06 July 2010
06 July 2010
When China-based Hunan ZKenergy Wind Power Industrial Technology wanted to offer a reliable source for providing electricity to remote areas around the world, it adapted the technology of wind turbines to produce affordable, small-scale units suitable for off-grid locations.
One factor in their success is very long glass fibre reinforced thermoplastic composite from custom compounder RTP Company that is used to injection mould the blades. The compound was chosen over other reinforced plastics due to the enhanced mechanical properties very long fibre composites provide.
""We worked with RTP Company to develop a suitable very long fibre product because it provided the highest strength-to-weight ratio we could find in an injection mouldable material,"" said Danping Xie, Vice President of Design at Hunan ZKenergy. ""The long glass fibre reinforcement provided high modulus and impact resistance that keeps the configuration of our blades constant, regardless of environmental conditions. Exceptional dimensional stability is critical for keeping the blades from changing their angle against incoming wind and greatly increases the efficiency of our turbines, especially in very humid or very dry conditions."" ""When our turbines are in operation, RTP Company's compound has been able to dampen vibrations within the blade, effectively reducing audible noise,"" added Xie. ""Our turbine blades are now able to outlast the life of the mechanical components of the turbine itself,"" he added.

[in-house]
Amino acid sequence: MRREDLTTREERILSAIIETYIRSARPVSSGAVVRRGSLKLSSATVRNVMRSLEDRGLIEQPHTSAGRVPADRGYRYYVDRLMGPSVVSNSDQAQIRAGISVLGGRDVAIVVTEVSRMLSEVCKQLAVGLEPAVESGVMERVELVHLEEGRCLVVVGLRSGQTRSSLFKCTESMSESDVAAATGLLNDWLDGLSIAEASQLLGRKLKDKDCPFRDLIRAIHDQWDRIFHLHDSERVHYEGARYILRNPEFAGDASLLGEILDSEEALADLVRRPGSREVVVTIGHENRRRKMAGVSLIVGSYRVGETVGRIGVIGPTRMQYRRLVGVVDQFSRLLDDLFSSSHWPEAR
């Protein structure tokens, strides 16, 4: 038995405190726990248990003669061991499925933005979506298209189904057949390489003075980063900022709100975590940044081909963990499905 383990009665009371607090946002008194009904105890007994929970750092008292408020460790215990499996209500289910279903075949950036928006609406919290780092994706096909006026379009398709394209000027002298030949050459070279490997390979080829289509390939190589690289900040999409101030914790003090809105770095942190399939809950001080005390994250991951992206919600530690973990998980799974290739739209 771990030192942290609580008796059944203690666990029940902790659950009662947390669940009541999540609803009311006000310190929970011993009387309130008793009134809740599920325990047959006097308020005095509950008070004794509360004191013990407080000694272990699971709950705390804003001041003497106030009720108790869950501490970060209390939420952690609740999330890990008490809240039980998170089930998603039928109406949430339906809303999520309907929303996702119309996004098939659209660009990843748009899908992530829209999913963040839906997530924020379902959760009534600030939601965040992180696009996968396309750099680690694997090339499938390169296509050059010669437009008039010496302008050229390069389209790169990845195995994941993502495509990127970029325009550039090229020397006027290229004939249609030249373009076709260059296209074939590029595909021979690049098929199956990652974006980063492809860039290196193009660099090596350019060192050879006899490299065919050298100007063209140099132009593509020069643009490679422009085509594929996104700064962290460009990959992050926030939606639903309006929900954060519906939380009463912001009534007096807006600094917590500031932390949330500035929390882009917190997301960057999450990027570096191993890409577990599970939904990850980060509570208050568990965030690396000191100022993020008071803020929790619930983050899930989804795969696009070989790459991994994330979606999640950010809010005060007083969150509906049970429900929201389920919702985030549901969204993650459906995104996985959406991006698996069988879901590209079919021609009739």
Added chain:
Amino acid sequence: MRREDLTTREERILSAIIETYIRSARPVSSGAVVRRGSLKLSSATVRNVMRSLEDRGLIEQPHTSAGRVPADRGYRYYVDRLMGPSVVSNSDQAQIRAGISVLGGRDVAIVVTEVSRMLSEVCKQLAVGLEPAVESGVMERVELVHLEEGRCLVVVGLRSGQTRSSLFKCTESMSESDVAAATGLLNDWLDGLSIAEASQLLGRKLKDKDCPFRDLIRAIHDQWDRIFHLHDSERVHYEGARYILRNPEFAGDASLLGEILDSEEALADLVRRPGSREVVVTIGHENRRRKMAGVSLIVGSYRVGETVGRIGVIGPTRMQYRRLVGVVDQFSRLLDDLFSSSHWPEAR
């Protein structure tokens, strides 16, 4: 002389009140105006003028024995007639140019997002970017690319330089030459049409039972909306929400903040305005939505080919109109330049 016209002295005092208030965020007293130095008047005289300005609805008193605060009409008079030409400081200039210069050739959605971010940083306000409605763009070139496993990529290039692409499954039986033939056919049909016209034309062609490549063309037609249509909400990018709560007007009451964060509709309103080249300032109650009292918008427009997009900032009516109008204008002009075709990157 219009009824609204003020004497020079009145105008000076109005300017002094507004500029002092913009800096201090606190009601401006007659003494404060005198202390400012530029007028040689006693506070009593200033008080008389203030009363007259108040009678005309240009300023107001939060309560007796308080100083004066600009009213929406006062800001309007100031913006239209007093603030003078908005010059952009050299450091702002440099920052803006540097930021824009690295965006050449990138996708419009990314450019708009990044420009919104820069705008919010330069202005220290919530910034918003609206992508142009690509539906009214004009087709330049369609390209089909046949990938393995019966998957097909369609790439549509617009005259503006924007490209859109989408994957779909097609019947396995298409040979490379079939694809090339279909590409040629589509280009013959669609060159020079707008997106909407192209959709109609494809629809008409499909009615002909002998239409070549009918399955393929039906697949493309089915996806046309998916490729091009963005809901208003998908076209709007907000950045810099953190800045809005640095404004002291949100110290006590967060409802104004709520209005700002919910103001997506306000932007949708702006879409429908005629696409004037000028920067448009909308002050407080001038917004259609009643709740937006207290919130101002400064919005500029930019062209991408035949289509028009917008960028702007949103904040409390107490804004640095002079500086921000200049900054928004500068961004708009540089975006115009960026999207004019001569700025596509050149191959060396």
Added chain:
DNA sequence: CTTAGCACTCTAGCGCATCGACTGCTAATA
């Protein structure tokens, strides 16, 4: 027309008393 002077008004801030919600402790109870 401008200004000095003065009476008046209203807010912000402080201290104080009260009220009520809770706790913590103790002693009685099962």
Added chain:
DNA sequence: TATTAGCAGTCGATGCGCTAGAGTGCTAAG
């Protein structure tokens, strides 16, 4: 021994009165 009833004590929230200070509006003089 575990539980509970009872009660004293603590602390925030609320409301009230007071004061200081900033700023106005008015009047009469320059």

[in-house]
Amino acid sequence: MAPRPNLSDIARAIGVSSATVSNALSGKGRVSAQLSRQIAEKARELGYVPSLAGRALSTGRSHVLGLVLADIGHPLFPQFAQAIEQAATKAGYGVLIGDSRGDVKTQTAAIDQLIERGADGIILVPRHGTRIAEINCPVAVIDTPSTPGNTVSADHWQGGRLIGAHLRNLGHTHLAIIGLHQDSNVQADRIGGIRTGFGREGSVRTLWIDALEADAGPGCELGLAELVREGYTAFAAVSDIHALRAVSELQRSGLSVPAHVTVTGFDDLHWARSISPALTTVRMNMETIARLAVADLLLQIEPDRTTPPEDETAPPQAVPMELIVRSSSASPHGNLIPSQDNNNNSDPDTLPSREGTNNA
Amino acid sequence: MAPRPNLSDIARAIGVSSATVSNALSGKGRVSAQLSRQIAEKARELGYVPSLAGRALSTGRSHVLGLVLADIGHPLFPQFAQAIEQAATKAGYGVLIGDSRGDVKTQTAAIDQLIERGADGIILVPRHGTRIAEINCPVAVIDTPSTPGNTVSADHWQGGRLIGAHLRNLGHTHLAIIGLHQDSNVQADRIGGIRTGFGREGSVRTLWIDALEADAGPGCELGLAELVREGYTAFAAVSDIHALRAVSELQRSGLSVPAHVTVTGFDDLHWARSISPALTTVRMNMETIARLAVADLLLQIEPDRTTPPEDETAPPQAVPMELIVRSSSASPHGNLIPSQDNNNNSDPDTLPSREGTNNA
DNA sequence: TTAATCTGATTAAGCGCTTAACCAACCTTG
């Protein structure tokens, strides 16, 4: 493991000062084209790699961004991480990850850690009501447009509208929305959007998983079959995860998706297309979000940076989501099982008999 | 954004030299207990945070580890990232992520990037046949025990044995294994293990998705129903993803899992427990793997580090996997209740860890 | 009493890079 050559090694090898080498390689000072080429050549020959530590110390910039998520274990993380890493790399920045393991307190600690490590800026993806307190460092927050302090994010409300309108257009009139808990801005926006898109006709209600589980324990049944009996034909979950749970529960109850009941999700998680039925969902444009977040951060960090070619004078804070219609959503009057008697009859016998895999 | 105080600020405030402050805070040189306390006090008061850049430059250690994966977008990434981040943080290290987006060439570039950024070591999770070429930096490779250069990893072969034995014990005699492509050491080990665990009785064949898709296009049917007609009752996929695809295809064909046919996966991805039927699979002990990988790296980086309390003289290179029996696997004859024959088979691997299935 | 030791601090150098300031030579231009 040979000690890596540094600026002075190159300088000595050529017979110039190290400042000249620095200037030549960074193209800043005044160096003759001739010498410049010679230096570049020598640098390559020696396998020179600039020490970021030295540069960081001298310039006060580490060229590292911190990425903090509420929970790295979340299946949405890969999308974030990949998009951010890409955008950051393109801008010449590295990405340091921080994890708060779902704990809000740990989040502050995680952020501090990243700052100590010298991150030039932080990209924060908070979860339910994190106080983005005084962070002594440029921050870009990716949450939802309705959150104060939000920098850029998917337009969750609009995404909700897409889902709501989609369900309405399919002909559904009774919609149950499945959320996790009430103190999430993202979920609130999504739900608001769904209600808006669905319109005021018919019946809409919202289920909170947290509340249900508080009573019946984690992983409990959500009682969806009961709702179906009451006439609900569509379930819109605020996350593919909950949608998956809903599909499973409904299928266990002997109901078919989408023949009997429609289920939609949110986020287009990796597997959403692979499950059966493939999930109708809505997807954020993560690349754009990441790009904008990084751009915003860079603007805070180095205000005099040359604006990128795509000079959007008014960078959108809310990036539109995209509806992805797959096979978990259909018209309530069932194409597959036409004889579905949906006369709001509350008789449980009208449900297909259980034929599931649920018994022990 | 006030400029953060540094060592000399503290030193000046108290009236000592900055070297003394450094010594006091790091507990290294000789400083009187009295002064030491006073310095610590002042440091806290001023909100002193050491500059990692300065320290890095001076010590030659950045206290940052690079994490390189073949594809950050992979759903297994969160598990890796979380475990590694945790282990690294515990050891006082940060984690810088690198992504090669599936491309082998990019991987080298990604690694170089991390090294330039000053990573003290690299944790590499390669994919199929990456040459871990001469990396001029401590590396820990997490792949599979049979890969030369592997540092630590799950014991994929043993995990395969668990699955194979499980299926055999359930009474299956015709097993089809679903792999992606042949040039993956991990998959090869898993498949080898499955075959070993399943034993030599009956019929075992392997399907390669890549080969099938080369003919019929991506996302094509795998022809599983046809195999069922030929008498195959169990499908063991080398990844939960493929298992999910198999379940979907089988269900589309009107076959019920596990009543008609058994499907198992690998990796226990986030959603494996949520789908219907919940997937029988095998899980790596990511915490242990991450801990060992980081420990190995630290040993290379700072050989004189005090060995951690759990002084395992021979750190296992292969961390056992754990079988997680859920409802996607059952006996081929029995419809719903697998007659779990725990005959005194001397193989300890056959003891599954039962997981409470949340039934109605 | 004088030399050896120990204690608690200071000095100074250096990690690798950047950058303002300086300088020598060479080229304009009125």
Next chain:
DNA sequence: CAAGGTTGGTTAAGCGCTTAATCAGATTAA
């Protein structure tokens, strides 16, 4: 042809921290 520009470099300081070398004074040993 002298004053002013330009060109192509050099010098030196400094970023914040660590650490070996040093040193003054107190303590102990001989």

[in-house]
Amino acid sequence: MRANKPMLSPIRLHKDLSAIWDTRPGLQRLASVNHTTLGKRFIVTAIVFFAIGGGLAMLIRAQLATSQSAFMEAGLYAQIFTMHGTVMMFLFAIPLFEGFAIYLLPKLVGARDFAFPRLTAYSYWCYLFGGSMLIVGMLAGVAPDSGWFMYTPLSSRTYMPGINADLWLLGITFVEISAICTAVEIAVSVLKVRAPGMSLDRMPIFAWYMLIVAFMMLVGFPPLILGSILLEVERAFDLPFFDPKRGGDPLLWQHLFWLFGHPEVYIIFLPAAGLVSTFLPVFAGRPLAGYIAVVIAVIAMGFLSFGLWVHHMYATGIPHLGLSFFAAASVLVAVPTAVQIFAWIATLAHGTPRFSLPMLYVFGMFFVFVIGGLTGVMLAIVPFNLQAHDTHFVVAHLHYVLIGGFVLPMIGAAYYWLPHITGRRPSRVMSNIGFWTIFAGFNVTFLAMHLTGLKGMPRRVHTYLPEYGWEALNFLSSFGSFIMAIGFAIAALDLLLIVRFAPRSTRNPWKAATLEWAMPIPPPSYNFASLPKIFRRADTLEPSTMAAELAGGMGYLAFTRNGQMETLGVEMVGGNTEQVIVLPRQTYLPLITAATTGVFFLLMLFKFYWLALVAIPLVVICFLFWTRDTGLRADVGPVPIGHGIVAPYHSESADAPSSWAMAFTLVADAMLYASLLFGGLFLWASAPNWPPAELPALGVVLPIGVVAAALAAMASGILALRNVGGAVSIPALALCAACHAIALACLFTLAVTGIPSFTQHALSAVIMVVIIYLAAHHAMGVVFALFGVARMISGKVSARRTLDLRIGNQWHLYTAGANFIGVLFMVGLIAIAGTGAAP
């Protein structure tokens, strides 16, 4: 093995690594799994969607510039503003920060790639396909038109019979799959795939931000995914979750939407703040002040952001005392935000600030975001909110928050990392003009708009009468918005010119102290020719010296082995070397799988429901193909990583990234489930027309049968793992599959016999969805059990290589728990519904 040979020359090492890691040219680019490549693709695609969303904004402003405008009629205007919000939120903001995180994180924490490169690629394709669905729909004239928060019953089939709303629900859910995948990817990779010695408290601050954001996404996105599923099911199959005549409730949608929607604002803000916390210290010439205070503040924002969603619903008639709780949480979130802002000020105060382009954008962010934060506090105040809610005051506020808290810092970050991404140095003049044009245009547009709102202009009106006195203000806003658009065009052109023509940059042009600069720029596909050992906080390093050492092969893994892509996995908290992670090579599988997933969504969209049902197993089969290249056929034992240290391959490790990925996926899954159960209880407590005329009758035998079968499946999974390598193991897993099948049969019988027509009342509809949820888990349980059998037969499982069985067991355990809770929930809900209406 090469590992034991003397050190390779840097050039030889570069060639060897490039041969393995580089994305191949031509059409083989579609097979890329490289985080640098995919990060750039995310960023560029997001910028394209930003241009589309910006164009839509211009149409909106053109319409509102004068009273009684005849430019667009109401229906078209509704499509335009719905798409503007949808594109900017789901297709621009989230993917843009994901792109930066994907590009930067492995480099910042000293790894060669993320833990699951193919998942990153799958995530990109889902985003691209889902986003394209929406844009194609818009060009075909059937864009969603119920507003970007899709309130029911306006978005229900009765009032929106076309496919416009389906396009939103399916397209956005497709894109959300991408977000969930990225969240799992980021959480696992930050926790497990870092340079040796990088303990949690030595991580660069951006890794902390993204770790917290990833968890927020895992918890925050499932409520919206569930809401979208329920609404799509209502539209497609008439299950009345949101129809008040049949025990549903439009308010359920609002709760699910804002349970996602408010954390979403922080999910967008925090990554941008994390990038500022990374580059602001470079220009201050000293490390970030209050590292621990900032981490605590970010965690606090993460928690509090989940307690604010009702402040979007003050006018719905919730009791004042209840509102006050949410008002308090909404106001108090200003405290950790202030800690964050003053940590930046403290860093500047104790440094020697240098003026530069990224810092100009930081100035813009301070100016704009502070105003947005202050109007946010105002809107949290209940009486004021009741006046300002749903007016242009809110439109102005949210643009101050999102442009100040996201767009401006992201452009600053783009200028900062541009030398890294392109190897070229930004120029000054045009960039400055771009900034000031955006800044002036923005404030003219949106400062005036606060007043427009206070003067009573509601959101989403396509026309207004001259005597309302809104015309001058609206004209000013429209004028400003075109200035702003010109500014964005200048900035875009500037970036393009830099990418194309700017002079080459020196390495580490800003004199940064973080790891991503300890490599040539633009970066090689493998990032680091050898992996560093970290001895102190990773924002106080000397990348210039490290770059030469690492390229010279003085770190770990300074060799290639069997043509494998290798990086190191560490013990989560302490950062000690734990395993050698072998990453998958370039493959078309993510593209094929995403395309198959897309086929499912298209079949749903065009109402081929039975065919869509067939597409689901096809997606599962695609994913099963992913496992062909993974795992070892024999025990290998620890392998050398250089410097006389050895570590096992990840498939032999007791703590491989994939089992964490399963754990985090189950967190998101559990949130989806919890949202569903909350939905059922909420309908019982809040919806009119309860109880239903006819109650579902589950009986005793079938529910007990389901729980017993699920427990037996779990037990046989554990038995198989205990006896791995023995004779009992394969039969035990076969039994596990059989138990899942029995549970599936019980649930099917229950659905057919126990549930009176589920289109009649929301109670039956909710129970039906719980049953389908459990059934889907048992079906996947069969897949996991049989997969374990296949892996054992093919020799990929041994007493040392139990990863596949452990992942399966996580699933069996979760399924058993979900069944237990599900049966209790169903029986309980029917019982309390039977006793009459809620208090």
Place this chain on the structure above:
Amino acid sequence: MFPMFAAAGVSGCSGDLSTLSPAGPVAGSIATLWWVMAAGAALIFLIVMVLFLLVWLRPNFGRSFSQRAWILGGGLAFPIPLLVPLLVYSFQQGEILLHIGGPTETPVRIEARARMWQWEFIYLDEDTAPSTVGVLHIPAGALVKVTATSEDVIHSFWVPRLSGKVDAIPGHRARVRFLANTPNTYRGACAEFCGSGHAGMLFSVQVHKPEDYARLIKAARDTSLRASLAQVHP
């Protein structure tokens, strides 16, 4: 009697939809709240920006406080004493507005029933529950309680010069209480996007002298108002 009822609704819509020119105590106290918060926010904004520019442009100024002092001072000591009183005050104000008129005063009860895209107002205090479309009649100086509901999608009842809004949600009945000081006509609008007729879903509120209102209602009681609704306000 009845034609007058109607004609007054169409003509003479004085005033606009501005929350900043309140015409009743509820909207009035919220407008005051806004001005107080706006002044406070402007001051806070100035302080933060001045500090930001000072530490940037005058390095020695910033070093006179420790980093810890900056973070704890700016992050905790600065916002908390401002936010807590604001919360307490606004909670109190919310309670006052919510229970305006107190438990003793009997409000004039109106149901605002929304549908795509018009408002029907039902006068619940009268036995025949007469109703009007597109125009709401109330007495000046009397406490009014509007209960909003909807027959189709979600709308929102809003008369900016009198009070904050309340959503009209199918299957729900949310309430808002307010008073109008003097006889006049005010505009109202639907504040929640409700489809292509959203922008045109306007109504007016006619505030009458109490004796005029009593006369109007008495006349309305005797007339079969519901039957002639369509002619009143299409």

The £50 million McLaren Composites Technology Centre (MCTC) nearing completion near Sheffield, UK, was inaugurated on 16 January.
Scott Bader is exhibiting its Crestabond structural adhesives at the Automotive Lightweight Technologies Expo in Tokyo, Japan, on 17-19 January 2018.
ELG Carbon Fibre will be exhibiting for the first time at the Automotive World Show in Tokyo on 17-19 January.